Philippine Supreme Court Jurisprudence


Philippine Supreme Court Jurisprudence > Year 1908 > December 1908 Decisions > G.R. No. 4292 December 4, 1908 - ARCADIO MAXILOM v. FELIX ESTRELLA, ET AL.

012 Phil 170:




PHILIPPINE SUPREME COURT DECISIONS

EN BANC

[G.R. No. 4292. December 4, 1908. ]

ARCADIO MAXILOM, Plaintiff-Appellee, v. FELIX ESTRELLA, ET AL., Defendants-Appellants.

Jose A. Clarin, for Appellants.

Martin M. Levering, for Appellee.

SYLLABUS


1. CONSPIRACY; SUFFICIENCY OF PROOF. — Held, That the evidence in this case, as set forth in the opinion, does not show the existence of any conspiracy on the part of the defendants to seize and take away the property of the plaintiff.


D E C I S I O N


WILLARD, J. :


The court below made the following finding of fact among others:jgc:chanrobles.com.ph

"In the month of March, 1902, the plaintiff and the defendants were residents of the town of Tuburan, Province of Cebu, and each of them had their respective haciendas within the jurisdiction of said town. In the same month, plaintiff was in possession of at least 25 head of carabaos on his hacienda, some of which had been in his possession for about eight or ten years before said month. He had, moreover, some other cattle. In the aforesaid month of March, 1902, the plaintiff, Arcadio Maxilom, left Tuburan, entrusting his wife, Doña Ciriaca Novicio, and his father-in-law, Lope Novicio, with his property, and has not returned to the said town up to the present time. The defendants, after the departure of Maxilom from Tuburan, conspiring with one named Bonifacio Alburo, the then municipal president of said town, now deceased, and with one named Lieutenant McCarthy, without any legal authority, sent some troops and armed police and by means of force and intimidation took possession of the carabaos then in the hands of the agents of the plaintiff, and drove them to the municipal building of Tuburan."cralaw virtua1aw library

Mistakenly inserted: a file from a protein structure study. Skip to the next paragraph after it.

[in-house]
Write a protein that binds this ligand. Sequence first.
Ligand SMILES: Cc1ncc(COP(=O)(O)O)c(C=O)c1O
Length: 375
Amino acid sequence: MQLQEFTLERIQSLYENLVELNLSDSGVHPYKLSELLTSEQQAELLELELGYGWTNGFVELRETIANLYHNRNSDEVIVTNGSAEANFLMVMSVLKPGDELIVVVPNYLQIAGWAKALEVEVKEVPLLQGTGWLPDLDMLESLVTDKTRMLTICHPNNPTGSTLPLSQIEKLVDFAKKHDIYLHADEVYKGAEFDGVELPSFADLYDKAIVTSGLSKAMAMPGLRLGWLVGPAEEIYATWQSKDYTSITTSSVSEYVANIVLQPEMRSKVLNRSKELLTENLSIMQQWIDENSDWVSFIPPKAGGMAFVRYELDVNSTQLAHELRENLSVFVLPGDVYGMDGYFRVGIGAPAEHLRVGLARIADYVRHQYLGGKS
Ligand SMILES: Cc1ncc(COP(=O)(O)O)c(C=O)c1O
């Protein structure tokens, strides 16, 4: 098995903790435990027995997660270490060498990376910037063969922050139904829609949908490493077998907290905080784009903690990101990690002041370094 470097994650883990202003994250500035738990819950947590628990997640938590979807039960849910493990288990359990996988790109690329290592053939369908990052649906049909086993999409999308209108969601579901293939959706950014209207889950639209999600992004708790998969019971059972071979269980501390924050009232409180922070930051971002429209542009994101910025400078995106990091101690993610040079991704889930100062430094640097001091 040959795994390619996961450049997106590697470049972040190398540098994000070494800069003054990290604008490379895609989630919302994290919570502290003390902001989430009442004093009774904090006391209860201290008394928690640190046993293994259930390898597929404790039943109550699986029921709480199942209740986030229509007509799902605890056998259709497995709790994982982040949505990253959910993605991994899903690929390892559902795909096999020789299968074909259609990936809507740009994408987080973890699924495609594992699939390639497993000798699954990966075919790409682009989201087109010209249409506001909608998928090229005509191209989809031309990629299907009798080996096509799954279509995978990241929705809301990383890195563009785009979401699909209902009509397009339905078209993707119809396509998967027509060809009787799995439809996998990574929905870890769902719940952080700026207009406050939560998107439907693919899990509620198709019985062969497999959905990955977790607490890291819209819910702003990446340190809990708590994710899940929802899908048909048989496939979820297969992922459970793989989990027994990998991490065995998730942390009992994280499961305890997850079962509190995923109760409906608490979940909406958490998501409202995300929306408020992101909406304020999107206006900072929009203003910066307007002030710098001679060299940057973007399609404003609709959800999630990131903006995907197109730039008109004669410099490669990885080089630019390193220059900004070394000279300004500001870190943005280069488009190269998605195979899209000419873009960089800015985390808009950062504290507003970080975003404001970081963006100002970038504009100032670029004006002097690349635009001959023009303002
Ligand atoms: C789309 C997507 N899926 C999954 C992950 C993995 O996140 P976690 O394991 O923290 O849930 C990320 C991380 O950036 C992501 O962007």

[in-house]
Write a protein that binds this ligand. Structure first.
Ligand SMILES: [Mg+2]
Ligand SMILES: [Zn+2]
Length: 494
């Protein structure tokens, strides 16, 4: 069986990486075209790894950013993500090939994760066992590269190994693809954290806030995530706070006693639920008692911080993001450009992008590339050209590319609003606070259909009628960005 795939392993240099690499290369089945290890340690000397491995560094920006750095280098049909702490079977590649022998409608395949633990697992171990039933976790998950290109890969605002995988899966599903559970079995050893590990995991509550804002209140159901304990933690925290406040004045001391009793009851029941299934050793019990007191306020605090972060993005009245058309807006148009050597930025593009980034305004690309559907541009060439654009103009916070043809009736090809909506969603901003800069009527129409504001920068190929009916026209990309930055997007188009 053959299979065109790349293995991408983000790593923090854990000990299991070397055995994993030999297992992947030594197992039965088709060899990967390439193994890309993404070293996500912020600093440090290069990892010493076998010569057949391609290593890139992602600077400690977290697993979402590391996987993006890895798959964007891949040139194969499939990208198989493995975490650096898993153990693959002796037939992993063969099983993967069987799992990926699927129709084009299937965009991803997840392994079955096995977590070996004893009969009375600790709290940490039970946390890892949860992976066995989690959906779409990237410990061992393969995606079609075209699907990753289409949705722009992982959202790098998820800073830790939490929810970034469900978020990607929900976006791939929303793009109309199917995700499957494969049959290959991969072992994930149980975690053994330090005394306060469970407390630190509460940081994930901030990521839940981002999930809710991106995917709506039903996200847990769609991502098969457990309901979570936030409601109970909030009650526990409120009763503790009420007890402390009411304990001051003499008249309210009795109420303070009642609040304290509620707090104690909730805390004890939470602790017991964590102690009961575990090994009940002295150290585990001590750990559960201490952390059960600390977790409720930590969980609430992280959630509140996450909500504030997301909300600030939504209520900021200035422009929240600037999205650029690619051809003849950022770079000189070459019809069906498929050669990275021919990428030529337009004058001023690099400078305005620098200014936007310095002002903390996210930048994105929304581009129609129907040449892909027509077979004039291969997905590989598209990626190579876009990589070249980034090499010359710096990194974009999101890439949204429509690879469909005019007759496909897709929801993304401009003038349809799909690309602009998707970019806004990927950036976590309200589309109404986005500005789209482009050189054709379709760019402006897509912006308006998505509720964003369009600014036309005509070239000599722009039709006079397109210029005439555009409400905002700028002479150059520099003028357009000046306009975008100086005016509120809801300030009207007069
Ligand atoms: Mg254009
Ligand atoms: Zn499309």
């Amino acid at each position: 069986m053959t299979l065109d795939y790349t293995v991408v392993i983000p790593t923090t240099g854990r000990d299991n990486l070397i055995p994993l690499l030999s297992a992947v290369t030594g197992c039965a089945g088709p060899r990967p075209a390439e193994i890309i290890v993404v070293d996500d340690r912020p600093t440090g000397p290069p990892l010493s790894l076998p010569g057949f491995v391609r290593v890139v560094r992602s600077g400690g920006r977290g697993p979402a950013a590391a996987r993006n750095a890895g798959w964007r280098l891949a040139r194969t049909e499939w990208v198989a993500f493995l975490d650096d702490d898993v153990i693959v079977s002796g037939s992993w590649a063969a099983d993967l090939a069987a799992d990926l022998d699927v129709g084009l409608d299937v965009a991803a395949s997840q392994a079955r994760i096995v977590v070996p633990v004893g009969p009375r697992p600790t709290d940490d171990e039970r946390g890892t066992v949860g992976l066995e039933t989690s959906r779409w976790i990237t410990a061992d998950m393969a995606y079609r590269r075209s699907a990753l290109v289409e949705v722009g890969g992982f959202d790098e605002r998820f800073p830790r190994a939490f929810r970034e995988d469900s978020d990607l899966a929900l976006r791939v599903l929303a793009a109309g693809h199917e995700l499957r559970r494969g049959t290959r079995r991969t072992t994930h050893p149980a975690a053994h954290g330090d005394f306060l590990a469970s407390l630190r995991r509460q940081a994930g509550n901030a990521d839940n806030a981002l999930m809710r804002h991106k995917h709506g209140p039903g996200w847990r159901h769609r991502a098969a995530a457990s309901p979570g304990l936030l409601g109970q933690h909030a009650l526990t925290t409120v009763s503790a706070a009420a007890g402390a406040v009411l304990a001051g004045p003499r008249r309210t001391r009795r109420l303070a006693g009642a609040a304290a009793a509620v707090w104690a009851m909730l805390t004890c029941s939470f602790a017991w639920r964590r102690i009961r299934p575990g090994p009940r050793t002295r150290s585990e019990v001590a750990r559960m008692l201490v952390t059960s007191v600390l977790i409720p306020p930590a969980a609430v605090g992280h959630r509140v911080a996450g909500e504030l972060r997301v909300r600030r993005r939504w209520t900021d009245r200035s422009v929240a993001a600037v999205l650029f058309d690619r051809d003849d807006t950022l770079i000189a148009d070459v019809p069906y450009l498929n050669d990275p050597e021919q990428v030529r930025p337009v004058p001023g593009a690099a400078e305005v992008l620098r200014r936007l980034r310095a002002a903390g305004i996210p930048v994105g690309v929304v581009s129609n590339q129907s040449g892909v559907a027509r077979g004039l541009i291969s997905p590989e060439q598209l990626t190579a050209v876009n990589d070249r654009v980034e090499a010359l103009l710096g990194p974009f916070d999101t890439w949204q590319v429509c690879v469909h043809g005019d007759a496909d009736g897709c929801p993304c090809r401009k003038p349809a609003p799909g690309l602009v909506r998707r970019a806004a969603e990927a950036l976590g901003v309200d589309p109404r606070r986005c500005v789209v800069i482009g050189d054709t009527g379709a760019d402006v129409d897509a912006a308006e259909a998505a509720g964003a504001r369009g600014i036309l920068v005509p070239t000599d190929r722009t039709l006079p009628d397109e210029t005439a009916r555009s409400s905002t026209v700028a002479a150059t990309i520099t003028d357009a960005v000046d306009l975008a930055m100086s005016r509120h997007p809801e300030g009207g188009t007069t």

Judgment was entered in that court against all the defendants in solidum for the value of one carabao taken by the defendant Ouano,. one carabao received by the defendant Estrella, one carabao delivered to Severino Mercado, two head of cattle, one carabao marked "B," and one female carabao taken by the defendant Tabotabo. The value of the animals thus taken the court fixed at 775 pesos, and entered judgment for that sum and for 2 pesos a day, the value of the use of the animals from the 23d of August, 1902, to the present time, that is to say, he ordered judgment for more than 3,650 pesos, as the value of the use of the carabaos.

After an examination of all the evidence taken at both trials in the court below, we are compelled to say that we find not the slightest proof of any conspiracy such as is mentioned in the decision. There is no evidence that the defendants and the other alleged conspirators ever met together prior to the taking of the carabaos from the hacienda of the plaintiff. There is no evidence that they ever had any communication with each other with reference to that matter. There is no evidence that the defendants Estrella and Micael Tabotabo ever knew that the animals were to be taken from the hacienda. The only evidence in the case showing any joint action on the part of the defendants is found in the testimony of two of the witnesses for the plaintiff, who say that, after the carabaos had been taken to the municipal building (tribunal) in Tuburan they saw the defendants Estrella, Micael and Catalino Tabotabo looking at them. The mere fact that these three persons happened to be looking at the animals at the same time can hardly be considered sufficient evidence to show that they had previously conspired to bring them there, to say nothing of the fact that the witnesses did not mention the presence of the other defendant, Demetrio Ouano.